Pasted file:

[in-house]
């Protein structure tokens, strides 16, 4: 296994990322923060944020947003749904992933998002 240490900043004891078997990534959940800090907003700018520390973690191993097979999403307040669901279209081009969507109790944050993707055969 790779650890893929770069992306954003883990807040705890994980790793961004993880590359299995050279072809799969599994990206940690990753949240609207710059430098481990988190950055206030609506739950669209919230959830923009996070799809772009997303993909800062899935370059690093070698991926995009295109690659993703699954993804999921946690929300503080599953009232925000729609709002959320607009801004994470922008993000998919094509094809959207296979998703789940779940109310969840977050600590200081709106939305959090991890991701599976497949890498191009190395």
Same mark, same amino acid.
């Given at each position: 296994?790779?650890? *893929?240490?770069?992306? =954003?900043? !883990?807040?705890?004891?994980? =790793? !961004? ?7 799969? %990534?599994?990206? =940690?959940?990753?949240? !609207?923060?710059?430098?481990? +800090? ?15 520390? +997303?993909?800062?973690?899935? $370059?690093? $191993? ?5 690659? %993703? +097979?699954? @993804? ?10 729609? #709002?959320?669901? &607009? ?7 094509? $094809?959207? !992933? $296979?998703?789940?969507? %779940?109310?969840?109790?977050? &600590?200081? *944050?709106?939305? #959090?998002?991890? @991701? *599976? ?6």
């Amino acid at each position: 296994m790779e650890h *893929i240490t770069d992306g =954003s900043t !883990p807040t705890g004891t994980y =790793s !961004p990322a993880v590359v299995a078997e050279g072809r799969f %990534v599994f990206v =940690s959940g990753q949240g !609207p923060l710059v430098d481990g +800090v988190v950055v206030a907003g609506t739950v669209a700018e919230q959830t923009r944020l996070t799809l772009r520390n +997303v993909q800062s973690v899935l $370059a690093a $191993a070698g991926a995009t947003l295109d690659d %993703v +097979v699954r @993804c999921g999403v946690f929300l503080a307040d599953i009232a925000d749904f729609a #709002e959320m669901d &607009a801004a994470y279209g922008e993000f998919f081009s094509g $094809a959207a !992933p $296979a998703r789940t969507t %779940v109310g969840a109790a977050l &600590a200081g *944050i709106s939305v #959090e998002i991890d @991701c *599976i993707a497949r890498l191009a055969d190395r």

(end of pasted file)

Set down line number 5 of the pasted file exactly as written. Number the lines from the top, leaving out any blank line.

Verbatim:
């Amino acid at each position: 296994m790779e650890h *893929i240490t770069d992306g =954003s900043t !883990p807040t705890g004891t994980y =790793s !961004p990322a993880v590359v299995a078997e050279g072809r799969f %990534v599994f990206v =940690s959940g990753q949240g !609207p923060l710059v430098d481990g +800090v988190v950055v206030a907003g609506t739950v669209a700018e919230q959830t923009r944020l996070t799809l772009r520390n +997303v993909q800062s973690v899935l $370059a690093a $191993a070698g991926a995009t947003l295109d690659d %993703v +097979v699954r @993804c999921g999403v946690f929300l503080a307040d599953i009232a925000d749904f729609a #709002e959320m669901d &607009a801004a994470y279209g922008e993000f998919f081009s094509g $094809a959207a !992933p $296979a998703r789940t969507t %779940v109310g969840a109790a977050l &600590a200081g *944050i709106s939305v #959090e998002i991890d @991701c *599976i993707a497949r890498l191009a055969d190395r």